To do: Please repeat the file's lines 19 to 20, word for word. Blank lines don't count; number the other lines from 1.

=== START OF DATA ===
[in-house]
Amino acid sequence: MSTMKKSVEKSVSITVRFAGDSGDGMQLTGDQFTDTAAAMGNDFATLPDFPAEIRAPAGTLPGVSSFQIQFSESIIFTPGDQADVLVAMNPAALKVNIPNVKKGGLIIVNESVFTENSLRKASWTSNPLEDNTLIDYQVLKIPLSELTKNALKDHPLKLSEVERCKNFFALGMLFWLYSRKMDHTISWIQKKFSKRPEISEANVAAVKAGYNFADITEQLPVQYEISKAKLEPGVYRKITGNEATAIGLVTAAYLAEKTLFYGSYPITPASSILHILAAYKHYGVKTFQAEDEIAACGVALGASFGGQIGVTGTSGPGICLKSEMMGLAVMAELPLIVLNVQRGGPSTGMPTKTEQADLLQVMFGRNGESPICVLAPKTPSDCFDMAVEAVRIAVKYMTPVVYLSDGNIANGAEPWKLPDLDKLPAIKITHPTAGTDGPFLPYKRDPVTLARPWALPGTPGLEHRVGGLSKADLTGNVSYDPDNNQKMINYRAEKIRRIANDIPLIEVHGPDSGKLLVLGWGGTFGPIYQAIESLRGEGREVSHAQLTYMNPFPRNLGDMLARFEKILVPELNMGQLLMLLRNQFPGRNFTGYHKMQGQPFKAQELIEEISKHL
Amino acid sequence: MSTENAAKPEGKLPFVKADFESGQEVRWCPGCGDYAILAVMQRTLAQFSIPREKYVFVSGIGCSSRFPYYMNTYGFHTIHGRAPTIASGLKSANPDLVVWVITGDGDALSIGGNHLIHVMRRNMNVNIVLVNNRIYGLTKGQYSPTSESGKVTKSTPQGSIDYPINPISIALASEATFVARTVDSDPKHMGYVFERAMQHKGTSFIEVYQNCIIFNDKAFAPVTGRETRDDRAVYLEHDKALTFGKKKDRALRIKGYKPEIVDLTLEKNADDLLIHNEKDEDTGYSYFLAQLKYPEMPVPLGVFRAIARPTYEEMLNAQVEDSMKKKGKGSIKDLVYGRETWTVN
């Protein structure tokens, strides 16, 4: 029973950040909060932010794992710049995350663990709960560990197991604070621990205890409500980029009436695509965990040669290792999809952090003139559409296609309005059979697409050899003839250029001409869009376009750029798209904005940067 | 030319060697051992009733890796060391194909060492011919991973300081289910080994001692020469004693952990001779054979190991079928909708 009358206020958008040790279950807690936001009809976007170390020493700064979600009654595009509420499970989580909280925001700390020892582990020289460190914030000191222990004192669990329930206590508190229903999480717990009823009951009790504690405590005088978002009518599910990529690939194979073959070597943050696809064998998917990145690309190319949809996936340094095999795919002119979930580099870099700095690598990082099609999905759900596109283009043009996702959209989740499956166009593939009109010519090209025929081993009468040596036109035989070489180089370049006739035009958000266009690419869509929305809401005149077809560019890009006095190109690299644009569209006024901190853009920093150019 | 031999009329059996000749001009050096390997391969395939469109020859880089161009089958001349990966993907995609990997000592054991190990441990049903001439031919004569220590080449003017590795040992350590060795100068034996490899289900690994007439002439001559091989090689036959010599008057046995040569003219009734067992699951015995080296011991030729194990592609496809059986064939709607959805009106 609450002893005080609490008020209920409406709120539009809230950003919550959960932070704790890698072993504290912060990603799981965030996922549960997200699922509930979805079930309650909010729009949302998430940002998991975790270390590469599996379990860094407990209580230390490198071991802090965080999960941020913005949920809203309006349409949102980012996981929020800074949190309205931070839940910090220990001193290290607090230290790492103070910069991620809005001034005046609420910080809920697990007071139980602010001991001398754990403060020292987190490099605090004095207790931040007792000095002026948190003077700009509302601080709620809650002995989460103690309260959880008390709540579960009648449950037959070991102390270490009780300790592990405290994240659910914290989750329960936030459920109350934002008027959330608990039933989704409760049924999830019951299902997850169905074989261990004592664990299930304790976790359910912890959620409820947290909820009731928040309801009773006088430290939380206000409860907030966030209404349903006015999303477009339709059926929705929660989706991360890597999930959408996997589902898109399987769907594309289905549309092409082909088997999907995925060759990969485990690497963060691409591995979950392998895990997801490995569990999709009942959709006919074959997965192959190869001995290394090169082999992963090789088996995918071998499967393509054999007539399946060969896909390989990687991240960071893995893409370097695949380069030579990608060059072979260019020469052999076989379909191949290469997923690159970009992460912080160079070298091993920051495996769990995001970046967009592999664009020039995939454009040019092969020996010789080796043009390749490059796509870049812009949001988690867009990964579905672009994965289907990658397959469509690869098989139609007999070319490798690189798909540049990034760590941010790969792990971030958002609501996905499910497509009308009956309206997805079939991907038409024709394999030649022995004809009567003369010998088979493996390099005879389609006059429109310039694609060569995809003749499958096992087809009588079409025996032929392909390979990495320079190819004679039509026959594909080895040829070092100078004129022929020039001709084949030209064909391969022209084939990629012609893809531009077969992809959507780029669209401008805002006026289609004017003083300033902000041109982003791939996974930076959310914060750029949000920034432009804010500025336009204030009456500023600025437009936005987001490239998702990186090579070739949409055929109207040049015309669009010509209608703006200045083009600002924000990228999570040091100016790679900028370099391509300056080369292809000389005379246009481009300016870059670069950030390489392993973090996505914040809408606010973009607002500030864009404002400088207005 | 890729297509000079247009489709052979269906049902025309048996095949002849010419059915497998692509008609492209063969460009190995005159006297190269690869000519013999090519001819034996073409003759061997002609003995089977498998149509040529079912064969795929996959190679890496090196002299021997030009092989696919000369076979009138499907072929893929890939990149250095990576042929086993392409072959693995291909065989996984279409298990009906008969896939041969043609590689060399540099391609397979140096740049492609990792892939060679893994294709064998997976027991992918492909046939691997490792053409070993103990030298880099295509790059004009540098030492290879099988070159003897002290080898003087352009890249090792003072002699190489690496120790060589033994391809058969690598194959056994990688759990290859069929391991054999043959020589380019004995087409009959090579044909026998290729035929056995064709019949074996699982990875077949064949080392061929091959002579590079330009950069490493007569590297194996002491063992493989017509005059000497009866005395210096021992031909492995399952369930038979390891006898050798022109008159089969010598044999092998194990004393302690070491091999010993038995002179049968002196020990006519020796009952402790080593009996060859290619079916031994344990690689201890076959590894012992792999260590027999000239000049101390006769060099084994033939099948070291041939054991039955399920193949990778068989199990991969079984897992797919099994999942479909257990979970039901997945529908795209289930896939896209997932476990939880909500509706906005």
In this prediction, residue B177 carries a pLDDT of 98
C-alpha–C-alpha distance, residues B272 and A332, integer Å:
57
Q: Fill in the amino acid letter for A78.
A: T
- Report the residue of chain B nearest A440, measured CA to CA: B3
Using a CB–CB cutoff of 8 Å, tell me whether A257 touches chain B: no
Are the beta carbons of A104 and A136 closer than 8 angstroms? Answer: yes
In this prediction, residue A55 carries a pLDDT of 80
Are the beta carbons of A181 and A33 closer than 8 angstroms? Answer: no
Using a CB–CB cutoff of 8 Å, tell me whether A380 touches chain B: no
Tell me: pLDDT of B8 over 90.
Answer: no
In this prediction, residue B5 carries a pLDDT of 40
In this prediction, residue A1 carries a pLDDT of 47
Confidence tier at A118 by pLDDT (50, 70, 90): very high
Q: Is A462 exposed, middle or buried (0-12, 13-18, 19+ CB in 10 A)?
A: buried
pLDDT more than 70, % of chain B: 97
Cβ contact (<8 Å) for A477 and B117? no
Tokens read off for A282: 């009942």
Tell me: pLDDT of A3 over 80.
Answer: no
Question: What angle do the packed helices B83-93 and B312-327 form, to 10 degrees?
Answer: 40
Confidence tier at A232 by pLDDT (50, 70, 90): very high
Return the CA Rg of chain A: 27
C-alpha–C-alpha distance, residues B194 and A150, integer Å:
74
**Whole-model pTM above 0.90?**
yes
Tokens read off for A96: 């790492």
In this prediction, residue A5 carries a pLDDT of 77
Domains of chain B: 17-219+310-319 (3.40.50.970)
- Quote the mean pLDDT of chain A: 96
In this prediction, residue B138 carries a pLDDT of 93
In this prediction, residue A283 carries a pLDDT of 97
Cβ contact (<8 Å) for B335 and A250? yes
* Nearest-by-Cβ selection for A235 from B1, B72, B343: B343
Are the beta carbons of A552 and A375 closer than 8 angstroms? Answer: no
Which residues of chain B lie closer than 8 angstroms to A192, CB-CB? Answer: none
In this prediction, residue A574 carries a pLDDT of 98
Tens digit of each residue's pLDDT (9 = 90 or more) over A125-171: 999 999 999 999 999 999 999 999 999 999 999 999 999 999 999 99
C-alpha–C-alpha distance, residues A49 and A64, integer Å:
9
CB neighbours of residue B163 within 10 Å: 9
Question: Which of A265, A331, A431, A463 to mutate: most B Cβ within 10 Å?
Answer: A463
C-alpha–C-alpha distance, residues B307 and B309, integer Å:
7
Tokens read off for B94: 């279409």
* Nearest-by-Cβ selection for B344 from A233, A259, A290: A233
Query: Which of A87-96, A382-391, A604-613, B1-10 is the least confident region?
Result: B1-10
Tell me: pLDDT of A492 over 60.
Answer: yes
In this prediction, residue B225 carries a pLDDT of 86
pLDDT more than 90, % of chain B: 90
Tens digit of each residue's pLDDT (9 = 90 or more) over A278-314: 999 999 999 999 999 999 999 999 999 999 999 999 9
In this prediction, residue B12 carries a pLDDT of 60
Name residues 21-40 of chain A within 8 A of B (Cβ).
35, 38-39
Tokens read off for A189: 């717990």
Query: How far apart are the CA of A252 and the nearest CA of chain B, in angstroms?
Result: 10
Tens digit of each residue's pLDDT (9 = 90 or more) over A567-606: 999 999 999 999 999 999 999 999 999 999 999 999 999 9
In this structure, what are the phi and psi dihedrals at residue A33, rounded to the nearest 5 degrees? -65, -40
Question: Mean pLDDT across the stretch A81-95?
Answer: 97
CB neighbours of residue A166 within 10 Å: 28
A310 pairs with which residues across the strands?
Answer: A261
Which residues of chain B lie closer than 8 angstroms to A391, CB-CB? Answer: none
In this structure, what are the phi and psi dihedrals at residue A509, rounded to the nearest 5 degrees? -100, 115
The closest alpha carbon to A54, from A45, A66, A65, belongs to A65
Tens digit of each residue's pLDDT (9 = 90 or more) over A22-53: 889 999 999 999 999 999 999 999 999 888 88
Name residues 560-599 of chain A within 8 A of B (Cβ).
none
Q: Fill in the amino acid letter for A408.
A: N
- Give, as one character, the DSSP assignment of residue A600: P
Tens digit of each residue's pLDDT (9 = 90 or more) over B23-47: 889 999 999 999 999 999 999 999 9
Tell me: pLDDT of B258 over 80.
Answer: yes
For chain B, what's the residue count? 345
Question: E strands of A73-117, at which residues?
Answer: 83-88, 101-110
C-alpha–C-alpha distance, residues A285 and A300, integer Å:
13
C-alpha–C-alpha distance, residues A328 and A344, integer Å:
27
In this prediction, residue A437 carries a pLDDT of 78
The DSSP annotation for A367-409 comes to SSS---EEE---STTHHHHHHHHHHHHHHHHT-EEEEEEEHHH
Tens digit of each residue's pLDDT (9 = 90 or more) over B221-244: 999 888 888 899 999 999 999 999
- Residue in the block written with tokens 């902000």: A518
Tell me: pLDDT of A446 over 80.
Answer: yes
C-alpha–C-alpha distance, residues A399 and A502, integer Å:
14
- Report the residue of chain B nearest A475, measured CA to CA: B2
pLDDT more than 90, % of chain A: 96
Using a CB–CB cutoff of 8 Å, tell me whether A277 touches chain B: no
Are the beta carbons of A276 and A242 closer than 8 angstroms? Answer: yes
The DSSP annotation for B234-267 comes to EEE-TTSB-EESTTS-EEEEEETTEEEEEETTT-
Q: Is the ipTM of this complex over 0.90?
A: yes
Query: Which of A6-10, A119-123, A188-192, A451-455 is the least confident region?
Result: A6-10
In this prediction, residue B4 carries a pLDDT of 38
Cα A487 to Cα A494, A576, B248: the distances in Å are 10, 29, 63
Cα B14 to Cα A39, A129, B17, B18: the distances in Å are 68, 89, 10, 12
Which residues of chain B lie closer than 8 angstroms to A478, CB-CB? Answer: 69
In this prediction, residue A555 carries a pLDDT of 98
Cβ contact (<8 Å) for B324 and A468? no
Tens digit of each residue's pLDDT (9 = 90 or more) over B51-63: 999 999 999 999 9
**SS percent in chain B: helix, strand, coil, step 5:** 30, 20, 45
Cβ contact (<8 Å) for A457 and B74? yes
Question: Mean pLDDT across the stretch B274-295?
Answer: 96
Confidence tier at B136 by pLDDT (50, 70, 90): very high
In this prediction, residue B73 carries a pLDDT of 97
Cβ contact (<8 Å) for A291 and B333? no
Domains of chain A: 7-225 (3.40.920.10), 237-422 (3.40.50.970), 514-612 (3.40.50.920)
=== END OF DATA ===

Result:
In this prediction, residue A1 carries a pLDDT of 47
Confidence tier at A118 by pLDDT (50, 70, 90): very high